Sean’s team have to find the connection between Debbie Harry and Toyah Willcox. Mark O is all too happy to take an opportunity to shamelessly plug his new album, and there’s some gags to be made, but no-one has the real answer – both women have played female wrestlers in the theatre. But of course!
Phill’s team must follow that up by linking David Dundas to Spinal Tap. Richard, apparently unfamiliar with Spinal Tap, is contemptuous of those silly boys with guitars, while Phill reckons he can take Dundas in a fight. As it transpires both Dundas and Christopher Guest are Lords, which Phill and Lisa are able to collectively deduce.
Sean’s team must identify the Doctor of the aforementioned Doctor and the Medics. The five hulking and long-haired gentlemen are tagged as “number one, Doctor Feelbad, number two, Doctor in Distress, number three, Doctor Doolittle, number four, Doc Cox, or number five, Doctor Quinn, Medicine Woman.” There’s a few doctor jokes – Sean asks for their handwriting, awkwardly explained by Mark O in what feels like an attempt to cover up potential dead air – before number one is deemed to be the GP of glam, based on his sloppy scrawl. Alas, it is in fact the rather surly-looking number four, so no points.
Phill’s team, meanwhile, must identify Dunfermline’s finest son, Dan McCafferty of Nazareth. The line-up is “number one, Dan Dare, number two, dandruff, number three, Dancing Queen, number four, Dan, Dan, deeper and Dan, or number five, Danny Boy, the pipes, the pipes are calling.” Phill and Richard while the time away identifying soap lookalikes that are a little lost on me (sorry, I hate to play the ‘before my time’ card but…), before Lisa pushes us in the direction of number one – no surprise for the audience at home, since he basically looks the same as in the video, but for shorter and greyer hair. She’s right, of course. But wait, there’s more – you thought Mark’s rant a few episodes ago about people thinking the panellists saw the clips along with the audience would be the end of it? Well, it seems the latest bugbear is people thinking the line-up guests are fake, so Mr McCafferty is asked to perform the chorus line of Bad Bad Boy, and I’ll be damned if it’s not one of the greatest things I’ve ever seen. Well, maybe not that much, but it’s lovely and great and it’s a shame this is the only episode where they did anything like that. What a set of pipes.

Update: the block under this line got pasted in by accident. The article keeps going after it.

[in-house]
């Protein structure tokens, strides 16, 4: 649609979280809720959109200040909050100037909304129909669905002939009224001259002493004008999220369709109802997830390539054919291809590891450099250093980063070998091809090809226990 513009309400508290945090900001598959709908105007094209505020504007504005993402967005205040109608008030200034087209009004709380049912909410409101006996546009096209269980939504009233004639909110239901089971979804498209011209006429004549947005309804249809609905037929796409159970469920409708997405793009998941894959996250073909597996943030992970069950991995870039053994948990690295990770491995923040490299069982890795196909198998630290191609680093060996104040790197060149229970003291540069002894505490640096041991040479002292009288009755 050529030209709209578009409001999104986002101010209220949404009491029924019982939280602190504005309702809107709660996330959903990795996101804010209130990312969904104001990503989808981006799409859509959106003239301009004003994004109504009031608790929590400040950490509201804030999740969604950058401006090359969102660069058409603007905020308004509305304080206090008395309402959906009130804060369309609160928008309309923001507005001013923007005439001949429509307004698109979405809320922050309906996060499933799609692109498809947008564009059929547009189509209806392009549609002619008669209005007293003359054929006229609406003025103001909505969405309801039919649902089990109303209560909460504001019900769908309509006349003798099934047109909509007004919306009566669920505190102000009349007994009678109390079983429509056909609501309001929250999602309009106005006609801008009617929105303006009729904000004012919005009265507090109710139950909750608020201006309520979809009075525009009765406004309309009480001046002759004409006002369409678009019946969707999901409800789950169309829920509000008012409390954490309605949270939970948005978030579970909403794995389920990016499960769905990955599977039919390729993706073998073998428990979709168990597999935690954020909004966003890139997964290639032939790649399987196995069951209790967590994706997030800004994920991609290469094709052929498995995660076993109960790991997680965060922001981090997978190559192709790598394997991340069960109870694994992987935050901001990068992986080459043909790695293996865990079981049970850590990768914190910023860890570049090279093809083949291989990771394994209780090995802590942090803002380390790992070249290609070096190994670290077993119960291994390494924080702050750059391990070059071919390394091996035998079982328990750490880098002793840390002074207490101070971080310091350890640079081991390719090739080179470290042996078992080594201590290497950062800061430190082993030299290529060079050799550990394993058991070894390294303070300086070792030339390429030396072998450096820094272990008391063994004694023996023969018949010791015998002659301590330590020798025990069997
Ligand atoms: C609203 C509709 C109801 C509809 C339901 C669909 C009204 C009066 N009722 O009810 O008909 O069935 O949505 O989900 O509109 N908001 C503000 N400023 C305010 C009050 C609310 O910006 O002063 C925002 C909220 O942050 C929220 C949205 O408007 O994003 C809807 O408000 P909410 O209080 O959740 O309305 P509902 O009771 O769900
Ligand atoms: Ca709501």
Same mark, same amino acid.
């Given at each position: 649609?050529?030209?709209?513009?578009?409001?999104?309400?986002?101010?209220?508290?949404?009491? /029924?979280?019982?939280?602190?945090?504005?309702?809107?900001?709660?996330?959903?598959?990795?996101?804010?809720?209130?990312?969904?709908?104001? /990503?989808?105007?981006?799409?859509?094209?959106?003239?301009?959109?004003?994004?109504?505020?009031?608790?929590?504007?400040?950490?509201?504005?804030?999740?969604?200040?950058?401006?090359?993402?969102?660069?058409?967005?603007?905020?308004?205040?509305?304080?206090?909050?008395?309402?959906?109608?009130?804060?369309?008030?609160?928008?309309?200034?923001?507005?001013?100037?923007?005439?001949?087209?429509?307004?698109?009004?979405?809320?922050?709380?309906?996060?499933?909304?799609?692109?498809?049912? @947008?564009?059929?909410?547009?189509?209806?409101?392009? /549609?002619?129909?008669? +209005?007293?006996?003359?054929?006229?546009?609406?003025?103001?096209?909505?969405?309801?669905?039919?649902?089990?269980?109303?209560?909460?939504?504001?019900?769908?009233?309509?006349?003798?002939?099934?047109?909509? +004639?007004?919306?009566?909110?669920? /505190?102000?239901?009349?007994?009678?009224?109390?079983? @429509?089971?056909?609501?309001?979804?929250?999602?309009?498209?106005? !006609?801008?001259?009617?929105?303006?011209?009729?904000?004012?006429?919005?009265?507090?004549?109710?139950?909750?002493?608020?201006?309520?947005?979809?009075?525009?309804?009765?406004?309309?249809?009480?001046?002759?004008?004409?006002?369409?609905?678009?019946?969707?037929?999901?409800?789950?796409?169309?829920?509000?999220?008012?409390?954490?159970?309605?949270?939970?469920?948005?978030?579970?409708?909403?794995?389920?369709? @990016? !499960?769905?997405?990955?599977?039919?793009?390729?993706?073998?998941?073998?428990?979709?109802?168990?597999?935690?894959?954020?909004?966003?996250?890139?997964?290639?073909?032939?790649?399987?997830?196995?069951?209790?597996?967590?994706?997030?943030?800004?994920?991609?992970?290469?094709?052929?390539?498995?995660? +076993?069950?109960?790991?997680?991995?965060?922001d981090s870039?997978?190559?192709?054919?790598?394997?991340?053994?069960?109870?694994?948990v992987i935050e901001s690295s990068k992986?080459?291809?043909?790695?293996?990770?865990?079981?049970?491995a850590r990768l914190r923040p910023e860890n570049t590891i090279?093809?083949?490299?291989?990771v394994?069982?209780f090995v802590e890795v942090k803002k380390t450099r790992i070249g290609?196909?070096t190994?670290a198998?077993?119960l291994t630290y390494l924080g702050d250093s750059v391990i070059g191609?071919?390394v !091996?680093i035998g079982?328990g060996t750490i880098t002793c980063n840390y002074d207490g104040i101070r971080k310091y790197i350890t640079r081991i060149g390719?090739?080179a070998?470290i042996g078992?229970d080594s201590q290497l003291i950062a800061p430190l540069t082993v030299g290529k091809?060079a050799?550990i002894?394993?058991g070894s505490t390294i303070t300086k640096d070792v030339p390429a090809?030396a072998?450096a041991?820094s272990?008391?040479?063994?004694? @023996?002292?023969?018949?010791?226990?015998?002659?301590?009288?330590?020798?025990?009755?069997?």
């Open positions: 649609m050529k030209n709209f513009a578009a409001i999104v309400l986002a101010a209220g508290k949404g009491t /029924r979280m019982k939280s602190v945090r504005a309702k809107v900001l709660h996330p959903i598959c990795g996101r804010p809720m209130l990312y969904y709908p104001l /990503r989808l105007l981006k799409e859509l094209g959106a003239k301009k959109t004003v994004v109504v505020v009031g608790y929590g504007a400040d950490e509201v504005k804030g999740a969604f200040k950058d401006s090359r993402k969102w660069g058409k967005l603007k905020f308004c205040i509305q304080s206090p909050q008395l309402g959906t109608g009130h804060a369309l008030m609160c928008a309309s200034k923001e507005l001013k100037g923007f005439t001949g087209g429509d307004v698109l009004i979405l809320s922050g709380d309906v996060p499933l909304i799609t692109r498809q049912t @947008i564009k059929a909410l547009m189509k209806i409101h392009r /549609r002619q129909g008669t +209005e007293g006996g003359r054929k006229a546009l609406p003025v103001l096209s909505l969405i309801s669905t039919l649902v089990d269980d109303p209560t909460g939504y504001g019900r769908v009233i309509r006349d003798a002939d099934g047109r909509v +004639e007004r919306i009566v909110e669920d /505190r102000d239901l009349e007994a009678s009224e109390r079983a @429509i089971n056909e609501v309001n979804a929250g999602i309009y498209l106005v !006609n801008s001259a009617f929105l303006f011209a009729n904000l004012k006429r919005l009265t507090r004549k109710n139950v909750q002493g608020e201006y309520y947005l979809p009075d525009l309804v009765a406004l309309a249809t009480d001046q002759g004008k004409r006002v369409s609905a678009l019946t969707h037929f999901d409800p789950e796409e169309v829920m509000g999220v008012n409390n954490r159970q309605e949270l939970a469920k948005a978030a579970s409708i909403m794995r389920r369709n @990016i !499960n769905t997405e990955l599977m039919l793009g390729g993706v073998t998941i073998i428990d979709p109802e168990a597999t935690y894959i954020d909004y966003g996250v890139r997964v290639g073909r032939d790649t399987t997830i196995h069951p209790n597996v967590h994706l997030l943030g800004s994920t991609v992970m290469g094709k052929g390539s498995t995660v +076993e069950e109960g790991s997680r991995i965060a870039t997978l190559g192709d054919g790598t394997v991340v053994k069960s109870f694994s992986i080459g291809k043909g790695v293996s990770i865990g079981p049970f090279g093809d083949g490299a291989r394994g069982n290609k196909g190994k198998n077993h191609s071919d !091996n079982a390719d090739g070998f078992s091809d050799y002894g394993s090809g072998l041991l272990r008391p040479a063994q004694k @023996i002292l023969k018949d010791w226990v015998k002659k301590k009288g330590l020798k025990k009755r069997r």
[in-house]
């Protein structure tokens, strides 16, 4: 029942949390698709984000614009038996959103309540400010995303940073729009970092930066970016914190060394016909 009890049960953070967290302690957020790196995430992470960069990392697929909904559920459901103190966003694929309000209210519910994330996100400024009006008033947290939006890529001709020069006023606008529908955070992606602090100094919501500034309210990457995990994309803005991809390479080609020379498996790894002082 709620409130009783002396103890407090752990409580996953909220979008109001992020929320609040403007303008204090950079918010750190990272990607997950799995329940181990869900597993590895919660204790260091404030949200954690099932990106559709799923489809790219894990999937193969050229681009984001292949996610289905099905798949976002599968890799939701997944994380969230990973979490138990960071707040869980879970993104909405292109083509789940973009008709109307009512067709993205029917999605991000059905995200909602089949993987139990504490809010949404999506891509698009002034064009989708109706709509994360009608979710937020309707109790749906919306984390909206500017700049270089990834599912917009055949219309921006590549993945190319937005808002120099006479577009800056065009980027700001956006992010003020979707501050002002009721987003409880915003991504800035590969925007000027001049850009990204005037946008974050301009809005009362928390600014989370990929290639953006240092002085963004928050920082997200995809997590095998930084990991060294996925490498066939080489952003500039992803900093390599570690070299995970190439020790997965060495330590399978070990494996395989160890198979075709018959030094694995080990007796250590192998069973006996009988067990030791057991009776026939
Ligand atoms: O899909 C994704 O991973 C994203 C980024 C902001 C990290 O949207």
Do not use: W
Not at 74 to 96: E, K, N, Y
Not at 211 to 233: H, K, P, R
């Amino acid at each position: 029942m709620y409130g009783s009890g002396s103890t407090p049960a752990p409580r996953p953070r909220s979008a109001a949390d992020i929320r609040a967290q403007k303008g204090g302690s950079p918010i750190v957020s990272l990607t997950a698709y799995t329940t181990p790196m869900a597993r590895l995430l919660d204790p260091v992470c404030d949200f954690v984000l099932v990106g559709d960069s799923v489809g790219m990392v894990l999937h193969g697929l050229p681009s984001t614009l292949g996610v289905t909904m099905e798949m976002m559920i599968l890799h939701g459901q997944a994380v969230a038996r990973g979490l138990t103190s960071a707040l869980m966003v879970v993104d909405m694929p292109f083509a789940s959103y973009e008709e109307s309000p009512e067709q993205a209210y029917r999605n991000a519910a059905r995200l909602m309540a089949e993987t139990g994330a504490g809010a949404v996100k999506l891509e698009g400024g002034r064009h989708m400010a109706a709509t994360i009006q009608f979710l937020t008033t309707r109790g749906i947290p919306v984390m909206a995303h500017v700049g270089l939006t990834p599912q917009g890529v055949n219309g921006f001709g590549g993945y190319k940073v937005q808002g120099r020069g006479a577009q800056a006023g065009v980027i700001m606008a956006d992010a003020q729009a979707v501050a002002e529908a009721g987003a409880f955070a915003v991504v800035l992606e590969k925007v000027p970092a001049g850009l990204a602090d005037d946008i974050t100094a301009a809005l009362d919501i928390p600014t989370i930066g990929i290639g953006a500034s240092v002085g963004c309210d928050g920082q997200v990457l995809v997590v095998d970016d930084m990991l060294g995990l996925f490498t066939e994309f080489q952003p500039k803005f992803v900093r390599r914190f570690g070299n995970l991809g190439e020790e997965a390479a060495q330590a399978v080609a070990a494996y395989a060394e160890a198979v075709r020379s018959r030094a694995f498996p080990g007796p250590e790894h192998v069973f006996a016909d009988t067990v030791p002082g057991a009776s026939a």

Phill’s team go first, taking a commanding lead of 14 points. Can Sean’s team claw that back and achieve an impressive victory?
No. Don’t be daft. 19-11.
Usual format for this series: “I’ve been Mark Lamarr, which is no longer a criminal offence. Good night.”
How Good Is The Script?
- The Good: Richard’s introductory joke is probably the best introductory joke we’ve heard so far.
- The Bad: The Michael Jackson joke only really works if you’ve never heard anybody say he’s a pasty-faced monkey-loving freak, or words to that effect, before, while the Toyah joke is a bit lame, not helped by a weak delivery by Mark.
- Overall: So-so. A few clangers, not much great, and a lot of just OK.
Proof That It’s 1997